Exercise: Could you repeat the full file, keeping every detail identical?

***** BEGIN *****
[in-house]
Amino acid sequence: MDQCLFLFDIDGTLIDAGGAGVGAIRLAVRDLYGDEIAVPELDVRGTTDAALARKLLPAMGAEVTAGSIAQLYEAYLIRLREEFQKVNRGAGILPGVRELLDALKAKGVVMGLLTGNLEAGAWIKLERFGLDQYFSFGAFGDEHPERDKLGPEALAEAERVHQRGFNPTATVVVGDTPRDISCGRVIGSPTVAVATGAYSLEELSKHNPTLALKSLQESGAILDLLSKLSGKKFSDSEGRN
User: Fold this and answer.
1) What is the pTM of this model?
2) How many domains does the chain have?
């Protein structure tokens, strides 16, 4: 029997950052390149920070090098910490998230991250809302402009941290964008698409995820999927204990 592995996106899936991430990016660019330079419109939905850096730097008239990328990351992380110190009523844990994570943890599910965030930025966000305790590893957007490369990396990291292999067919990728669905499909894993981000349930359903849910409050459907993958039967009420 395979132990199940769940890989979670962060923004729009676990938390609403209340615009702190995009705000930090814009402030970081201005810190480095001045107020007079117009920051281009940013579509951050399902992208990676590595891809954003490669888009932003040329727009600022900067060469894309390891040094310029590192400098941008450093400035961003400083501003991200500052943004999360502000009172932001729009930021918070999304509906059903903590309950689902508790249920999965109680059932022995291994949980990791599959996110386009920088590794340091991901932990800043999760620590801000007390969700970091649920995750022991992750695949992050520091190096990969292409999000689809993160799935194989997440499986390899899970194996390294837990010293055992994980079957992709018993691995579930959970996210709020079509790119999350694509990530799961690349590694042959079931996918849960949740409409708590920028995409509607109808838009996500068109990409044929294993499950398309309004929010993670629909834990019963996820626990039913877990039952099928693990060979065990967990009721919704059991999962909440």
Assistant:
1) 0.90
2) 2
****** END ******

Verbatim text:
[in-house]
Amino acid sequence: MDQCLFLFDIDGTLIDAGGAGVGAIRLAVRDLYGDEIAVPELDVRGTTDAALARKLLPAMGAEVTAGSIAQLYEAYLIRLREEFQKVNRGAGILPGVRELLDALKAKGVVMGLLTGNLEAGAWIKLERFGLDQYFSFGAFGDEHPERDKLGPEALAEAERVHQRGFNPTATVVVGDTPRDISCGRVIGSPTVAVATGAYSLEELSKHNPTLALKSLQESGAILDLLSKLSGKKFSDSEGRN
User: Fold this and answer.
1) What is the pTM of this model?
2) How many domains does the chain have?
């Protein structure tokens, strides 16, 4: 029997950052390149920070090098910490998230991250809302402009941290964008698409995820999927204990 592995996106899936991430990016660019330079419109939905850096730097008239990328990351992380110190009523844990994570943890599910965030930025966000305790590893957007490369990396990291292999067919990728669905499909894993981000349930359903849910409050459907993958039967009420 395979132990199940769940890989979670962060923004729009676990938390609403209340615009702190995009705000930090814009402030970081201005810190480095001045107020007079117009920051281009940013579509951050399902992208990676590595891809954003490669888009932003040329727009600022900067060469894309390891040094310029590192400098941008450093400035961003400083501003991200500052943004999360502000009172932001729009930021918070999304509906059903903590309950689902508790249920999965109680059932022995291994949980990791599959996110386009920088590794340091991901932990800043999760620590801000007390969700970091649920995750022991992750695949992050520091190096990969292409999000689809993160799935194989997440499986390899899970194996390294837990010293055992994980079957992709018993691995579930959970996210709020079509790119999350694509990530799961690349590694042959079931996918849960949740409409708590920028995409509607109808838009996500068109990409044929294993499950398309309004929010993670629909834990019963996820626990039913877990039952099928693990060979065990967990009721919704059991999962909440």
Assistant:
1) 0.90
2) 2